In 1992, voters in Utica passed a referendum by an overwhelming majority. This referendum placed term limits upon Utica’s elected officials, limiting the Mayor, Comptroller, and President of the Common Council to two 4-year terms, and Members of the Common Council to four 2-year terms. Voters passed the referendum and trusted that term-limits would now be a fact of Utica government unless and until they returned to the voting booth to vote on a new referendum.

 

In 2017, however, the Utica Common Council overrode the will of the voters and broke their trust. There was a contentious debate, and a great deal of outcry from the public, who clearly objected the new legislation. Nonetheless, the Council voted 5-4 to extend term limits for all public official from 8 years to 12 years.

 

Now, Councilmember Celeste Friend is bringing a simple piece of legislation that would restore the 1992 referendum. The new legislation, which is a Local Law, substitutes the previous 8-year limit for the current 12-year limit. The law is written as follows:

 

A LOCAL LAW AMENDING SUBDIVISION (d) of Section 2.023 OF THE UTICA CITY CHARTER BY REINSTATING THE 1992 REFERENDUM AND RESCINDING THE 2017 LOCAL LAW NO. 2 REGARDING THE NUMBER OF TERMS THAT ELECTED OFFICIALS MAY SERVE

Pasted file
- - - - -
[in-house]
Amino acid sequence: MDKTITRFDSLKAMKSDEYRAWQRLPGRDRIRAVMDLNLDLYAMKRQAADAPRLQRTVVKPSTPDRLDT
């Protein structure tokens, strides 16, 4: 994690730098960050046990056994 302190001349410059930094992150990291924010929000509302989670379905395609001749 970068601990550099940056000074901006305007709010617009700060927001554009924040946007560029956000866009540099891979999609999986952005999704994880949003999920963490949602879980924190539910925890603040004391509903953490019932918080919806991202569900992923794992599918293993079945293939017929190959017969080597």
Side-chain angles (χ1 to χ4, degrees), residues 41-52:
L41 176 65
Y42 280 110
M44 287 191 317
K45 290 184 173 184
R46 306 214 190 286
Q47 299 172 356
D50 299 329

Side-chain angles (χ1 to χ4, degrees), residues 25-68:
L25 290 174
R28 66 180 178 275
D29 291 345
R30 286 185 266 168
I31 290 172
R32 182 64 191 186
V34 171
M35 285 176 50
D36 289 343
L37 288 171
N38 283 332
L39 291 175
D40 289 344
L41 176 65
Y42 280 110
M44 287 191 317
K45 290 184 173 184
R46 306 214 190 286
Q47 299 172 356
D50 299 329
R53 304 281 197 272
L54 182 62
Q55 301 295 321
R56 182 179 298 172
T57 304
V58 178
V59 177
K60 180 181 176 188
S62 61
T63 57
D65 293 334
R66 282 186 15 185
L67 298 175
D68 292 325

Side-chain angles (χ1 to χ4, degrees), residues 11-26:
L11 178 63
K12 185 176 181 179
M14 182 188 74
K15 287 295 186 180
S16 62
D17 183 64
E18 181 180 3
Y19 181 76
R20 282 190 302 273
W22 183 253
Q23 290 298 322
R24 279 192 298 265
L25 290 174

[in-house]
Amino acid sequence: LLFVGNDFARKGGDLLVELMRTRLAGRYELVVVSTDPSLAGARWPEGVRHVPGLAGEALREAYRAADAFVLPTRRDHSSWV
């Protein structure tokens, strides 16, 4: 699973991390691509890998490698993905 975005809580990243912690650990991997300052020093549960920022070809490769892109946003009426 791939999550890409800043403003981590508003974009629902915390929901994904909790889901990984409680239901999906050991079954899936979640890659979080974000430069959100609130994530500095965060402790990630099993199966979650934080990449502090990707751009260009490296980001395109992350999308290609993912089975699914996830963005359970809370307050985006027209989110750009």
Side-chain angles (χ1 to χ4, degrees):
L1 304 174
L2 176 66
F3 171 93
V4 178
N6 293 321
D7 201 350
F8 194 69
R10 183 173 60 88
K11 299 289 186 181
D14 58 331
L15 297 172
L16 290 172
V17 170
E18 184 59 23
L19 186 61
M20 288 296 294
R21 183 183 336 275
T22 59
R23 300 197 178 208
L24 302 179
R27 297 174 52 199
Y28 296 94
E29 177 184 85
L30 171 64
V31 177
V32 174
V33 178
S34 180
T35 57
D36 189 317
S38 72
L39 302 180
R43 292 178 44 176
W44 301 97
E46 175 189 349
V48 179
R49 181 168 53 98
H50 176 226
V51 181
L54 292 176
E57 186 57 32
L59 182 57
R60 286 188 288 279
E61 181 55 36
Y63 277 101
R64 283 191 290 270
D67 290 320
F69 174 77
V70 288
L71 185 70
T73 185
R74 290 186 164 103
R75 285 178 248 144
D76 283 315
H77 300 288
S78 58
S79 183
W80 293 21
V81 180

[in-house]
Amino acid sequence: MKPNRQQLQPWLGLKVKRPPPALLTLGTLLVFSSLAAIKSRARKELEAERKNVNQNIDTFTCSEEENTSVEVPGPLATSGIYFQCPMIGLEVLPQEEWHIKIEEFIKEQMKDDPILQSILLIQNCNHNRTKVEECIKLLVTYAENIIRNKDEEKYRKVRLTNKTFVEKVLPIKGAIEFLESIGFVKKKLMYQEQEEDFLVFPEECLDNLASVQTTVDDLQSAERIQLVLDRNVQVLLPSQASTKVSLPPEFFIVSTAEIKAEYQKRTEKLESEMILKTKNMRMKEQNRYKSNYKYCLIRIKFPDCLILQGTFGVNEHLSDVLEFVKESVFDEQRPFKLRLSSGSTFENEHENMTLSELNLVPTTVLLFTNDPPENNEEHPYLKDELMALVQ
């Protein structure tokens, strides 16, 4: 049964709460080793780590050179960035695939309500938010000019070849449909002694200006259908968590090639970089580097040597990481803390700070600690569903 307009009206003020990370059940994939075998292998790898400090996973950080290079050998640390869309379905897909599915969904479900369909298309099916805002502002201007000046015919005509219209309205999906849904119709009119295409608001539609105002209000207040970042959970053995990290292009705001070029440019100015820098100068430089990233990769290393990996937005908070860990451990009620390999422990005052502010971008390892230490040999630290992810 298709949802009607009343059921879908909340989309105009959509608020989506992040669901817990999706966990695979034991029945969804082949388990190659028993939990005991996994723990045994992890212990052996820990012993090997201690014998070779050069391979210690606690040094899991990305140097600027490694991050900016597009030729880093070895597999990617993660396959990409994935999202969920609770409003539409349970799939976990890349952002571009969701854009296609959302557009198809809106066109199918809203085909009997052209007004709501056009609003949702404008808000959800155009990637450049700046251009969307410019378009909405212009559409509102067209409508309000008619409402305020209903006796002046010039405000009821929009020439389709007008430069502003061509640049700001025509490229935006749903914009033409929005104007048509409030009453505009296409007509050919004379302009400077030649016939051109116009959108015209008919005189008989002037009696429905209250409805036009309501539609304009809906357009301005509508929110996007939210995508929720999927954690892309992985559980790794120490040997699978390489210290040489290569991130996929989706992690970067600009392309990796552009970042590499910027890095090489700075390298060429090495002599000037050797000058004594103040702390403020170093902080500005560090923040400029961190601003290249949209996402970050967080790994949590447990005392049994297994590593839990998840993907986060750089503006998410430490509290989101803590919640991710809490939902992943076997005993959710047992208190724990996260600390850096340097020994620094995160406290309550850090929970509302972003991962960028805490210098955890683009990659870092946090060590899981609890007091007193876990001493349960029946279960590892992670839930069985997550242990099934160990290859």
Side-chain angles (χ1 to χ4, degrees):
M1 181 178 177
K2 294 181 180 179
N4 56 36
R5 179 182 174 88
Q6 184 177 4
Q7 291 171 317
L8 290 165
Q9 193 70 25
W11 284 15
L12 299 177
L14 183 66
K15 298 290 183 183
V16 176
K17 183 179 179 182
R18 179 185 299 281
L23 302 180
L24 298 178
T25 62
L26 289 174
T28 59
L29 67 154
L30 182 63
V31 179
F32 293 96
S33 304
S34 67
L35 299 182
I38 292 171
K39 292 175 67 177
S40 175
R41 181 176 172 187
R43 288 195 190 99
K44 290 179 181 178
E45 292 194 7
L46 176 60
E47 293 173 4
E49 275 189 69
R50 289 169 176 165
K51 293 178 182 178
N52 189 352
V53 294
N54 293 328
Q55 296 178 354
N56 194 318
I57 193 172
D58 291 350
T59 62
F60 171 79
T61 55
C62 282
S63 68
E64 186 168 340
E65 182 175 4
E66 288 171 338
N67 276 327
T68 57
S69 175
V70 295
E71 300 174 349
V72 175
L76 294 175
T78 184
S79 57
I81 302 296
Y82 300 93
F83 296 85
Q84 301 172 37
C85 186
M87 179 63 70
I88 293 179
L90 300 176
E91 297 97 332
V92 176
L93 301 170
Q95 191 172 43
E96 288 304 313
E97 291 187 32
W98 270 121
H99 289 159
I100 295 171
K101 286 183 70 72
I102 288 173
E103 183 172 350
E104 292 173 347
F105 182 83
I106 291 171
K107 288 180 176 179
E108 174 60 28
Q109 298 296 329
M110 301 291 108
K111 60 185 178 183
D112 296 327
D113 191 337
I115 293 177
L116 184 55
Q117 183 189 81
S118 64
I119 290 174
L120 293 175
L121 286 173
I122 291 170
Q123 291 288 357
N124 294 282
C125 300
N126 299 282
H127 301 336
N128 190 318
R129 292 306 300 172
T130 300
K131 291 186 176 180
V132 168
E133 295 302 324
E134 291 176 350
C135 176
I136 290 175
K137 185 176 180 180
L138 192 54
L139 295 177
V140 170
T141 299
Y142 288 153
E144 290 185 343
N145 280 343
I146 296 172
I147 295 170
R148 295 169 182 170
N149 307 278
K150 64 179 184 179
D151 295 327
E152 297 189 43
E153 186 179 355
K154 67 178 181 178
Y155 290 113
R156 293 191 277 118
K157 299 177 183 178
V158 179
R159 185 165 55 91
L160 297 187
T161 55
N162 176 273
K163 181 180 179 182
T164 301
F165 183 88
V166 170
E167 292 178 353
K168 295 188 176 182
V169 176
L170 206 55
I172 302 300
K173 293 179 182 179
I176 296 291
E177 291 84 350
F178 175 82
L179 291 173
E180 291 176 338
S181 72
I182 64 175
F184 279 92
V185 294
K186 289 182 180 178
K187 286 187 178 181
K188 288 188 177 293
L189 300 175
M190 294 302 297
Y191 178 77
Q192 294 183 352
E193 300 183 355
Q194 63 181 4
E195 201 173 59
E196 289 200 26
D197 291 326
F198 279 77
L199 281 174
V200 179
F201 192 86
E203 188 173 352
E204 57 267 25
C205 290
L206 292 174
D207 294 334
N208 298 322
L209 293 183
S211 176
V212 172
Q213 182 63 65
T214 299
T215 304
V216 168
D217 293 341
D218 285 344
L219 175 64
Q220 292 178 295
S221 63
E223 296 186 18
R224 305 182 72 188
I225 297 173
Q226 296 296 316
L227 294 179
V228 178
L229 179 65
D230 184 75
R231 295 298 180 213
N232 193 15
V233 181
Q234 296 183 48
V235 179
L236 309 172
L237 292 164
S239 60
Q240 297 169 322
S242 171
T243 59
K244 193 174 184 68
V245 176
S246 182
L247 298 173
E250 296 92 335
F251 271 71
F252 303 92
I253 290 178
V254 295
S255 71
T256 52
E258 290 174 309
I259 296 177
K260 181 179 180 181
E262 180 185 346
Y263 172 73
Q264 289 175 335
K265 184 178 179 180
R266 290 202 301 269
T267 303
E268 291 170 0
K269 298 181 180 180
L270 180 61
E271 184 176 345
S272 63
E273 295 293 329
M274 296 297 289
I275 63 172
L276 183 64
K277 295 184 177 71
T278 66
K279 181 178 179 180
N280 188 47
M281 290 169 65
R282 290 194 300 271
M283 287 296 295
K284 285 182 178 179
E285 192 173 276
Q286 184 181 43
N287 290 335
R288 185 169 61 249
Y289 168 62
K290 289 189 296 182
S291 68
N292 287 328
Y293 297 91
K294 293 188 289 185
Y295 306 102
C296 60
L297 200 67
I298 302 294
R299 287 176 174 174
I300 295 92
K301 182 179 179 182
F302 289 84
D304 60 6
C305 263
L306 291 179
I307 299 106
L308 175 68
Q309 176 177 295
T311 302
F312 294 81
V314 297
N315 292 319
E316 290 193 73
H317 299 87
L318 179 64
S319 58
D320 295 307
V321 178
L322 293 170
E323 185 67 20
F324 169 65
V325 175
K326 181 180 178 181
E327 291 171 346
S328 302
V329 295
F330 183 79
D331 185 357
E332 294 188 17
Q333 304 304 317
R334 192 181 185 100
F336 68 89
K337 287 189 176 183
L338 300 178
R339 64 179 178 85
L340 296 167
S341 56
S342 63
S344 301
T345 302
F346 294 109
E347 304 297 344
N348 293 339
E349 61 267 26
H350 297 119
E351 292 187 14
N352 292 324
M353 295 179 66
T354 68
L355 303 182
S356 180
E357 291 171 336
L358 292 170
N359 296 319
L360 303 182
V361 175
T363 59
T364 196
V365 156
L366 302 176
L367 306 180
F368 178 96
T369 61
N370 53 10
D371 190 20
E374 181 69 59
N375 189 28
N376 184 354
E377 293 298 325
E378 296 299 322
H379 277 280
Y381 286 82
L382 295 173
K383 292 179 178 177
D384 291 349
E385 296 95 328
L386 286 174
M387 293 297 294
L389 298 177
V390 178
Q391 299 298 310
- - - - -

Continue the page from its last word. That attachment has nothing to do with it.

Any Mayor, President of the Common Council, or Comptroller who has been elected to two or more terms shall be ineligible to be elected to the same office again.

 

Any Member of the Common Council who has been elected to four terms shall be ineligible to be elected to the same office again.

 

This legislation shall take effect on 1/1/2021

 

At the request of her Constituents and numerous conversations with them, Councilmember Friend decided to move forward with restoring the 1992 referendum. Friend has consistently upheld the principles of a strong democracy, based on transparency, accountability, and civic engagement. She was instrumental in making the Council providing its minutes to the public, defending the right of the public to speak at Common Council meetings, and has consistently upheld the right of Utica voters to participate in their government.

Lockwood Law

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